Policing the Sources of Infection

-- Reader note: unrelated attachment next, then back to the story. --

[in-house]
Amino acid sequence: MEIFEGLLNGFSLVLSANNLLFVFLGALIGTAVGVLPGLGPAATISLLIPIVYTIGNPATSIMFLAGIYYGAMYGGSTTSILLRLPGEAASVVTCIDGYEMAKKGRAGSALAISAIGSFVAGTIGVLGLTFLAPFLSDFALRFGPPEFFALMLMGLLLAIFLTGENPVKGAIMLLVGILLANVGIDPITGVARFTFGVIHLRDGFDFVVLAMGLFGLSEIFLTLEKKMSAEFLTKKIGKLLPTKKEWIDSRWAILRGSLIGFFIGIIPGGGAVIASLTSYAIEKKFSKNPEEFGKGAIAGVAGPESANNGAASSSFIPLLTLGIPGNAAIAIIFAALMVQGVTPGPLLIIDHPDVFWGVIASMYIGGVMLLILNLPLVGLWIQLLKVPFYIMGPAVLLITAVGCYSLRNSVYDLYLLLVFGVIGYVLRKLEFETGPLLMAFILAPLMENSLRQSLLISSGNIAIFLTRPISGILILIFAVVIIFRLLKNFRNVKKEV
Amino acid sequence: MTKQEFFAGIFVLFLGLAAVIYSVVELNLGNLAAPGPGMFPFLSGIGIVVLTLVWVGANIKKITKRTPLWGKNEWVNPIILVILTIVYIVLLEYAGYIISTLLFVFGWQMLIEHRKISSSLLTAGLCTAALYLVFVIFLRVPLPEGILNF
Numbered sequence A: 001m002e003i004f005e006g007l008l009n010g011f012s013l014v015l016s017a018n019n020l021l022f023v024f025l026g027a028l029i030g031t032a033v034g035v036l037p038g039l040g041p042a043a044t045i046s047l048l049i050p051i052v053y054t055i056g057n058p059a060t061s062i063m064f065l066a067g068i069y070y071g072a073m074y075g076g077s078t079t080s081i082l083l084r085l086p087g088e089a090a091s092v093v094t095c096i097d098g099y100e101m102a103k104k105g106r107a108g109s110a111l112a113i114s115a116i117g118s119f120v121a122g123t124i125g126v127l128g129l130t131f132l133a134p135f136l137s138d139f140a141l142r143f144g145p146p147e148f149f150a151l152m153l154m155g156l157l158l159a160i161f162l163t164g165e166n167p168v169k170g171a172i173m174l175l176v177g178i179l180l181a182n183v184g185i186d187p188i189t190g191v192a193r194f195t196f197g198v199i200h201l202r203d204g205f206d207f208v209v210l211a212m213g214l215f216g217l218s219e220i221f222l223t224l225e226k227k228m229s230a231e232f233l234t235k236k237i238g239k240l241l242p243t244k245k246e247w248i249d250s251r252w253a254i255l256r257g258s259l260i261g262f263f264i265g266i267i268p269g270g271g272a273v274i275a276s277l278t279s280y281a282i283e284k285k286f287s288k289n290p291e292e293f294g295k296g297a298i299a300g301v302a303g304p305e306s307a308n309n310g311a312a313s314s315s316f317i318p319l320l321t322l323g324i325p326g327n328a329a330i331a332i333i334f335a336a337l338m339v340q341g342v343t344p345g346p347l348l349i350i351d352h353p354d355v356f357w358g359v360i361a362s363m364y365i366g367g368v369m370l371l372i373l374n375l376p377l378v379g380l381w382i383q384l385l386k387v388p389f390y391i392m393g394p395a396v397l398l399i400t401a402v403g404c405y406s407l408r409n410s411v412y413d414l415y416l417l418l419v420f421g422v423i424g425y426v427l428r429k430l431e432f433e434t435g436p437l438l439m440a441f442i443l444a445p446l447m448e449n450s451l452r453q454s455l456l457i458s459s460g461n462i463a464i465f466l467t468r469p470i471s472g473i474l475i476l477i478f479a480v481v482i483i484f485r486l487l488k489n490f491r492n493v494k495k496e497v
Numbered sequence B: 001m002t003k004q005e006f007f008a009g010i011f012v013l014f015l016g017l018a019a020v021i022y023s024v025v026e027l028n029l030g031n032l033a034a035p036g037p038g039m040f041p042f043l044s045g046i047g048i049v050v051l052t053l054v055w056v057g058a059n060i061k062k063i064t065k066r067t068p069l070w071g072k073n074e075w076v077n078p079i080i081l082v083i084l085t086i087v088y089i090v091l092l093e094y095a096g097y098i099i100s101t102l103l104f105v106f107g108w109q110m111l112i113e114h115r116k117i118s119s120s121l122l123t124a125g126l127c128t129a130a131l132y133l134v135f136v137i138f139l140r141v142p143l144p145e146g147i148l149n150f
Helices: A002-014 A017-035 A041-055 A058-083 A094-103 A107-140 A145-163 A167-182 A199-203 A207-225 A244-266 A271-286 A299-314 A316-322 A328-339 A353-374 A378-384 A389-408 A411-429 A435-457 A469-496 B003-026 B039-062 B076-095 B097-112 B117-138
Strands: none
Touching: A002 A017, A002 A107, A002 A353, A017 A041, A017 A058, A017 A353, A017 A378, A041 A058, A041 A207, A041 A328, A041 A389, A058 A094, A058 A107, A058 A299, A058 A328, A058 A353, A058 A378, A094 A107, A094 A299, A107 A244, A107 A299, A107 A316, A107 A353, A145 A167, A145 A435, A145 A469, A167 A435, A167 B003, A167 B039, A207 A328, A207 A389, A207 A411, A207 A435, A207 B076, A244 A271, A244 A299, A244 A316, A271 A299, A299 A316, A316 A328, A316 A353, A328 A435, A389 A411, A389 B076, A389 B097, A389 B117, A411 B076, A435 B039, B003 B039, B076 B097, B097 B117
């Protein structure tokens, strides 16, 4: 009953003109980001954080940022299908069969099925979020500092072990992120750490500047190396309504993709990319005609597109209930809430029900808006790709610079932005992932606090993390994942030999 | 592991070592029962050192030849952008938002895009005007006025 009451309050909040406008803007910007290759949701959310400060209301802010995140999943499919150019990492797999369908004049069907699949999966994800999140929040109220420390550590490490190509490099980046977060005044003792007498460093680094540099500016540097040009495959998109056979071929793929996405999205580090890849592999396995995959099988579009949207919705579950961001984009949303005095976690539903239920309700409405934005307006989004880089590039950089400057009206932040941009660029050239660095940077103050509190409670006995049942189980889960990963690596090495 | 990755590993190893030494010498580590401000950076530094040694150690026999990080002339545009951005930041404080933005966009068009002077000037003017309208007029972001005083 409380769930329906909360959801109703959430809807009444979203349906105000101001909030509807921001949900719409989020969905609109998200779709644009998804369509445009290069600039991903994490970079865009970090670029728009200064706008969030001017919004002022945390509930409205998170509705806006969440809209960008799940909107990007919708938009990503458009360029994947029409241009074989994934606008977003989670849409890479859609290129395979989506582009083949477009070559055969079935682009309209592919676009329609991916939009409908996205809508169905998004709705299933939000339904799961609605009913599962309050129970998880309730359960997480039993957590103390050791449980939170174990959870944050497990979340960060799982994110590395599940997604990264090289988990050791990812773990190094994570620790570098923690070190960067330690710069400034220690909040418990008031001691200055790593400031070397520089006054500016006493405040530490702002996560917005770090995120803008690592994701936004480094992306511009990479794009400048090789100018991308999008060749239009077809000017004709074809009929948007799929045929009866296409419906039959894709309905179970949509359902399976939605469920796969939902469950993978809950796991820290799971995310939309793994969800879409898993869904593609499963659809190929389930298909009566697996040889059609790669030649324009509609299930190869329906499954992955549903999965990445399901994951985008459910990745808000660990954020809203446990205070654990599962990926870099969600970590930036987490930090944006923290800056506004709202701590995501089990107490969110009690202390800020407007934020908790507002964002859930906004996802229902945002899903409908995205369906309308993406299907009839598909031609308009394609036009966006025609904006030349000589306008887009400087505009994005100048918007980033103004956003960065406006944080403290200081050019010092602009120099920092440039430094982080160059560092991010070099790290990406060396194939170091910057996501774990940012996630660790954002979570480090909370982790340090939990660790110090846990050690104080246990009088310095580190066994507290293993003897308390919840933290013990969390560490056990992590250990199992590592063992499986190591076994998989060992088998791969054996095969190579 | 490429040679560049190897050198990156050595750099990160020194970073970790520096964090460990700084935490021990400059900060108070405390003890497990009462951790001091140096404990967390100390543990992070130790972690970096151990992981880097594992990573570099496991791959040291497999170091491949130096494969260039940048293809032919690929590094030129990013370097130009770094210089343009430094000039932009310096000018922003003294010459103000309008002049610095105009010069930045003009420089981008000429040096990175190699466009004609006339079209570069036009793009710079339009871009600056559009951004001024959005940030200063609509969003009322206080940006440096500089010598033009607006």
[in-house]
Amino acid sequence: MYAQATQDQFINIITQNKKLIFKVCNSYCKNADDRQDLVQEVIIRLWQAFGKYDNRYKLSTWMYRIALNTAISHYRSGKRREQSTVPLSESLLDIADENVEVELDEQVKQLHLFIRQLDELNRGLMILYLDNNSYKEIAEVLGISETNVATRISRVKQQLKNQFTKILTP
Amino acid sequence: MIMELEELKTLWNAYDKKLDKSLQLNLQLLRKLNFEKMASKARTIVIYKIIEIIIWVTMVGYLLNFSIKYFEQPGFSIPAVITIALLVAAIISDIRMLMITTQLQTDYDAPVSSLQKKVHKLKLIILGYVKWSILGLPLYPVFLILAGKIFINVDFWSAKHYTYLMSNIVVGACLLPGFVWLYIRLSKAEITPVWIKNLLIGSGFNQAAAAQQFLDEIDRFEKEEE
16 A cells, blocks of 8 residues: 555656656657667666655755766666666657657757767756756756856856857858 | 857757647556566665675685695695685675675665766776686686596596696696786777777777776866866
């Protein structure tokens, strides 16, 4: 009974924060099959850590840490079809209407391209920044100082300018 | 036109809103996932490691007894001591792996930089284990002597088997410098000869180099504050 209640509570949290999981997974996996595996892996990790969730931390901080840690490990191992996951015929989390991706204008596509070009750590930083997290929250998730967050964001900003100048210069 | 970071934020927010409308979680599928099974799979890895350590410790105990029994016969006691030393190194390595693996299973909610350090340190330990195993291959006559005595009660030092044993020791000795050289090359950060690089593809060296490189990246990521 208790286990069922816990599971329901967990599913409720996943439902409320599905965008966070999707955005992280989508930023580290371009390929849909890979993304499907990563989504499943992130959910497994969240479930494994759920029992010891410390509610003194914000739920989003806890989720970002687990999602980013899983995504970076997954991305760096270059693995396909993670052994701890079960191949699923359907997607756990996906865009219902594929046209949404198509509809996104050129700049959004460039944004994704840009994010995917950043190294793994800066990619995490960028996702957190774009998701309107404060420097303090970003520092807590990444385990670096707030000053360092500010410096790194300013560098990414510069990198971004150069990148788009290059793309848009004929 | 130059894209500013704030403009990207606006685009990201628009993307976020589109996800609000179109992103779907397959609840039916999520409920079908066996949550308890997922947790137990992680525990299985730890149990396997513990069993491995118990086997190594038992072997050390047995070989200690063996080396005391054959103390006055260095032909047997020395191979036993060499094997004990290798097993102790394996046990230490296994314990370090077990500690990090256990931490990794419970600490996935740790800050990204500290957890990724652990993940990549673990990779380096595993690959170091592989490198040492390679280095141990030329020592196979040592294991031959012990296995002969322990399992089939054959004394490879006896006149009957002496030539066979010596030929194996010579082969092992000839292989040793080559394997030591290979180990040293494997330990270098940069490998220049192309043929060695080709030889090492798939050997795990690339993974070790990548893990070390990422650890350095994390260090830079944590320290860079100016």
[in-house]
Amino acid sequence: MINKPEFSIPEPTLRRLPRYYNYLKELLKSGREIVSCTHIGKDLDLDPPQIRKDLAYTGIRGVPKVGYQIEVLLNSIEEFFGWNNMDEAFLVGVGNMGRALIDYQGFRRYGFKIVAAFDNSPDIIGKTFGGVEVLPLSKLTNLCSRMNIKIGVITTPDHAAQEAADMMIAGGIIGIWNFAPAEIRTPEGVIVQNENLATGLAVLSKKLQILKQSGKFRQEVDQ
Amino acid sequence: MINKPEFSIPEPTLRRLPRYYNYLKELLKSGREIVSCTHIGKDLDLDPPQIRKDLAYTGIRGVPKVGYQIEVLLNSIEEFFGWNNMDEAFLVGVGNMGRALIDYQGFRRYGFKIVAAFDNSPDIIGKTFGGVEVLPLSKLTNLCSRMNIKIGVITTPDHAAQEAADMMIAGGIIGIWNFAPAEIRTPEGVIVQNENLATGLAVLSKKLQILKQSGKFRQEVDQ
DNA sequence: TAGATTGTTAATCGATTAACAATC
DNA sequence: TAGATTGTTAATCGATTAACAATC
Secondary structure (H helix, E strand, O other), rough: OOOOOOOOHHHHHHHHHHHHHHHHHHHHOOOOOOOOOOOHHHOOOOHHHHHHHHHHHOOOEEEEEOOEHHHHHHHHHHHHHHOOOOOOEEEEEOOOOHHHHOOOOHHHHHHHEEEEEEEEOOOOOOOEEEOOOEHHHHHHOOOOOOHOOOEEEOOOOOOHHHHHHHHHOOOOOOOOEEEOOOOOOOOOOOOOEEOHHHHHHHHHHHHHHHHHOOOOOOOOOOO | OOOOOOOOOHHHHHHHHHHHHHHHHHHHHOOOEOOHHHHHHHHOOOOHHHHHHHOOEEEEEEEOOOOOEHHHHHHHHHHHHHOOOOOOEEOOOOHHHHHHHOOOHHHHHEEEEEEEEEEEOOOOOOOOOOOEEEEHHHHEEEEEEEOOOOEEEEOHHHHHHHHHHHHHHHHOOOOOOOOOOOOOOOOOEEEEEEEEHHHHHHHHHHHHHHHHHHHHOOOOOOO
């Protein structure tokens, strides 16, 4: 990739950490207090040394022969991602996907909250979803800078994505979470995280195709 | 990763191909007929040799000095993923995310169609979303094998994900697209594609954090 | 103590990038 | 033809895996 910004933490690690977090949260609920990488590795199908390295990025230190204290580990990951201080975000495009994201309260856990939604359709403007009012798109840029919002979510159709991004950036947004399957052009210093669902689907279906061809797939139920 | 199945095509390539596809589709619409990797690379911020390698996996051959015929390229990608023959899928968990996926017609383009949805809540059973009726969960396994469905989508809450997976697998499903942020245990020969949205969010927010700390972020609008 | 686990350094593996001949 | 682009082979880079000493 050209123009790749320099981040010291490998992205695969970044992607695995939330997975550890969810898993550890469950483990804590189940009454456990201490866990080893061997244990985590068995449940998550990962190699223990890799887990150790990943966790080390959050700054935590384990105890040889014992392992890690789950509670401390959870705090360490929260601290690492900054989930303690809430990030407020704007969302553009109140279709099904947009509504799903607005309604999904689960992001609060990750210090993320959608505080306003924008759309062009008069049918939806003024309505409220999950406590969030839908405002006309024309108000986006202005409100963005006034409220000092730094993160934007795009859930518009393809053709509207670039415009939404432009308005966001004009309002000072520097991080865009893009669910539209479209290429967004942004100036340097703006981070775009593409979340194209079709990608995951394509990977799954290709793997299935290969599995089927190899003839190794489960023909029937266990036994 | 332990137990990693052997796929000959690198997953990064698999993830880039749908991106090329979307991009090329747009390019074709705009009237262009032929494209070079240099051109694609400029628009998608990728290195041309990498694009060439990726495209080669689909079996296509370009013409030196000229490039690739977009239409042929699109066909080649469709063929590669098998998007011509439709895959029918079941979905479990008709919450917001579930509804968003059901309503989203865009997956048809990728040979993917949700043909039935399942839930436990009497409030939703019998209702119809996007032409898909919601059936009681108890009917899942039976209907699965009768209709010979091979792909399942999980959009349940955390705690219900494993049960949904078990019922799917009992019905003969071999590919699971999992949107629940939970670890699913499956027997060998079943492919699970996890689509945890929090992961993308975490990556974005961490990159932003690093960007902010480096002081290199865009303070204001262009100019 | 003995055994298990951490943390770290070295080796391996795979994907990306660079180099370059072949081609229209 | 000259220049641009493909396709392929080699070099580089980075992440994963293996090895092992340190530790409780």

This chapter discusses how the treatment of venereal diseases guided the colonial policing of sex work. Colonial policies designed to slow the spread of venereal diseases by policing ended up backfiring — inadvertently driving women underground to sell sex on the black market, where infection spread all the more easily. In the late 1930s, venereal disease prevention became a useful tool for policing unregistered sex work in ways that were not permitted under the 1921 law. The chapter talks about the making of the 1921 law, patterns of venereal disease transmission in Tonkin, the fight against venereal diseases, the collaborative efforts they mad to reduce transmission in the countryside, and the informal reform of the regulation system.
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